Self-managed super fund members who have maintained an account with another fund so they can keep existing life insurance cover, need to review their arrangements ahead of changes to insurance in super next month.
From 1 July, APRA-regulated super funds will be prohibited from charging insurance premiums for inactive accounts, which is any account that has not had a transaction for 16 months.
The SMSF Association’s technical director Peter Hogan says there are no figures on how many SMSF members have an APRA fund for insurance. “But anecdotally we know it is happening,” he says.
SMSF members do this because the group cover available in APRA funds is usually cheaper than the fully underwritten cover they would have to get though their SMSF.
It may also be the case that the SMSF member obtained cover in an APRA fund and is now too old or unwell to get the same cover at the same price elsewhere.
Hogan says those people are likely to be inactive members of their APRA fund. They need to be aware that they will lose their cover unless they opt in.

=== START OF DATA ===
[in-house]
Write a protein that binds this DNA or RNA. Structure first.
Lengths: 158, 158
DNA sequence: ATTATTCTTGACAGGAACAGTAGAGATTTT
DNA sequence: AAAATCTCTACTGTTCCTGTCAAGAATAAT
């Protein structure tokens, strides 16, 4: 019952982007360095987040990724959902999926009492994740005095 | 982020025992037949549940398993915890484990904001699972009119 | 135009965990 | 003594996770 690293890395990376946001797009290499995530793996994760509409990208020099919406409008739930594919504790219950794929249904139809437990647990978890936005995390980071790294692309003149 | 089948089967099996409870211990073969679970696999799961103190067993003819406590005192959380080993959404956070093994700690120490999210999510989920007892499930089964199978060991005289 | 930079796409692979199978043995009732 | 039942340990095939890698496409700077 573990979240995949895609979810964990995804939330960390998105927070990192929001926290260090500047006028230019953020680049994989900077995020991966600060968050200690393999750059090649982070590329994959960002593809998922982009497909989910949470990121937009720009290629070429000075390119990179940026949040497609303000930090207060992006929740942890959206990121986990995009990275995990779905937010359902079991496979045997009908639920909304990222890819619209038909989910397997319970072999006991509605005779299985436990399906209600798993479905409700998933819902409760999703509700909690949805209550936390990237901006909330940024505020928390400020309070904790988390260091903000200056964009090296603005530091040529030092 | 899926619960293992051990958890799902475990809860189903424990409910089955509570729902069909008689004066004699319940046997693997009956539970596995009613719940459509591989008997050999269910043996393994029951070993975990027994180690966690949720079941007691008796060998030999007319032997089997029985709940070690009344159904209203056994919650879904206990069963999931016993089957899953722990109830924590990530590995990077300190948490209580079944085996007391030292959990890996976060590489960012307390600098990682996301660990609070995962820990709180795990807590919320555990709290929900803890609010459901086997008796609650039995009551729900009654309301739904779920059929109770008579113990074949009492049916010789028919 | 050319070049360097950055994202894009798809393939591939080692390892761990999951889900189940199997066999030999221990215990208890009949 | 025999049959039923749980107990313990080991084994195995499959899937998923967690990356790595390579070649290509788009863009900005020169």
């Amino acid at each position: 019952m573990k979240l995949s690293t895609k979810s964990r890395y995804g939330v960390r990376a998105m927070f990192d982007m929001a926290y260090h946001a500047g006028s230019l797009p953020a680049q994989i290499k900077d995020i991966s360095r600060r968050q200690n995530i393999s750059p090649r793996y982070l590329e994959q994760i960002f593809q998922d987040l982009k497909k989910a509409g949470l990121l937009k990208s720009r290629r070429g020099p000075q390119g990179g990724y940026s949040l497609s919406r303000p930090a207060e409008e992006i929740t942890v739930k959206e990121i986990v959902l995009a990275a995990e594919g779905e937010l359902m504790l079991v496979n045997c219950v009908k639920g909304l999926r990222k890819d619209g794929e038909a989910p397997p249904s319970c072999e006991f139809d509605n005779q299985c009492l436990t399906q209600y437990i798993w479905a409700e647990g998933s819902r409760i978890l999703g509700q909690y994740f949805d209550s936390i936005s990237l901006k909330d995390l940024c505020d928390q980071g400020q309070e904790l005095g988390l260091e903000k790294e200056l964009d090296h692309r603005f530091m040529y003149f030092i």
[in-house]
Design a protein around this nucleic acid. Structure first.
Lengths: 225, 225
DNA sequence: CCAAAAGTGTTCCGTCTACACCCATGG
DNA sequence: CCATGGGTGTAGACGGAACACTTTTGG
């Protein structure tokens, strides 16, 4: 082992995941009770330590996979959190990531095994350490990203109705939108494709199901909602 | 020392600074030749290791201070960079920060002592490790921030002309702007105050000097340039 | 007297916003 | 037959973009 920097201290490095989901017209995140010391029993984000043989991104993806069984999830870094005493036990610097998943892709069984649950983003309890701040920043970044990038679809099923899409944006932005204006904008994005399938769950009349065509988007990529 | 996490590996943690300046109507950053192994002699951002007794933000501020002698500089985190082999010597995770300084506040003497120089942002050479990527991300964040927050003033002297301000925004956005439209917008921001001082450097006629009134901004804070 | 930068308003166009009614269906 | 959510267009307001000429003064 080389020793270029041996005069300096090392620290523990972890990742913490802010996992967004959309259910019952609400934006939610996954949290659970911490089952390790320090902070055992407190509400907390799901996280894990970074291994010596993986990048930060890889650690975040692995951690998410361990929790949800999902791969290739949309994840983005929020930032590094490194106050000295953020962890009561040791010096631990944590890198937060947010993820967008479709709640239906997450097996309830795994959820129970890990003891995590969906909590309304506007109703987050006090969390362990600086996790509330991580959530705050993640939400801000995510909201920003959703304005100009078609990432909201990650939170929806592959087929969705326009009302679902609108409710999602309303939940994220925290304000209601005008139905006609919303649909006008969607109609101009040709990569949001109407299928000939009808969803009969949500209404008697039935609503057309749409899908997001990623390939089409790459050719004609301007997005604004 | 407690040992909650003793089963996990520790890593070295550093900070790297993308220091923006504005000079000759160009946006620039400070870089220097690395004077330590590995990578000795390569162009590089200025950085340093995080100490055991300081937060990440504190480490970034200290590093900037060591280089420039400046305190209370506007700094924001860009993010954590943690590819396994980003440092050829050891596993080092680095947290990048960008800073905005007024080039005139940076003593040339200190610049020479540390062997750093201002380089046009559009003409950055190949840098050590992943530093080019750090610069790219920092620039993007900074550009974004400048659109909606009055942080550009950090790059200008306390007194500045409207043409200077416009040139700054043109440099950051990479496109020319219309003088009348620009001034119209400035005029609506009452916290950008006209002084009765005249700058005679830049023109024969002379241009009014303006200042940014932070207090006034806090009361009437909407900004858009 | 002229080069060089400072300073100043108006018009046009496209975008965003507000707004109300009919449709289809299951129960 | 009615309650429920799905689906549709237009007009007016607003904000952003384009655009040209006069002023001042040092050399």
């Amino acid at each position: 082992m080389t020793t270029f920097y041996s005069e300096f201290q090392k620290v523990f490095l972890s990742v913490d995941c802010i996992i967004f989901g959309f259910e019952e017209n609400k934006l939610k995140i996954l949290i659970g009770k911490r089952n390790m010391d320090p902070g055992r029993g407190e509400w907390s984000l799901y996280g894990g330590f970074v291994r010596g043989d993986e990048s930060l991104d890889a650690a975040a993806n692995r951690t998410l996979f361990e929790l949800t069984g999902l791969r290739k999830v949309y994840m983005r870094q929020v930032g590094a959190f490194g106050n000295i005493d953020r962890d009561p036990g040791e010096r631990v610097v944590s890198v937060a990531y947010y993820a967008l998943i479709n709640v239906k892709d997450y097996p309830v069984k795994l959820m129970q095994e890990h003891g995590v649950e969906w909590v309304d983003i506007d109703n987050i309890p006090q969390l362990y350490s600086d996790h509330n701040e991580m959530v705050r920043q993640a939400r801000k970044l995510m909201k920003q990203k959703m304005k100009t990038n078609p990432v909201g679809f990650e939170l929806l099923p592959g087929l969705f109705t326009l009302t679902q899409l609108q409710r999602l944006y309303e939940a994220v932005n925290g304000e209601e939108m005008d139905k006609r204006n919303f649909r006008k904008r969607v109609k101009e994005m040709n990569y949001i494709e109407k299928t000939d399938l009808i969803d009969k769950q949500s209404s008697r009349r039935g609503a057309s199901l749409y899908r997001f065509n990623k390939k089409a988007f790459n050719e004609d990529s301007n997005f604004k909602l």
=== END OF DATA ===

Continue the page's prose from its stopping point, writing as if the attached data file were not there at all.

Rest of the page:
Another issue for SMSF members in this position is that premiums in APRA funds are going to go up after July 1. Some APRA funds have very high proportions of inactive members and when those people lose their cover the pricing for the active members will have to be adjusted.
No one in the industry is able to say at this stage how much premiums will rise, but it may be as much as 20 per cent.
Each fund will vary, according to the make-up of its membership and the number of inactive members who opt back in. Pricing changes could vary widely.
SMSF members who find that the premiums they are paying for insurance in their APRA goes up a lot may want to shop around for a fund that offers a better deal.
Hogan says: “People may shop around. It will depend on whether they can get the same cover. If they are old or unwell they may have to stay where they are.
“They should certainly be reviewing their position.”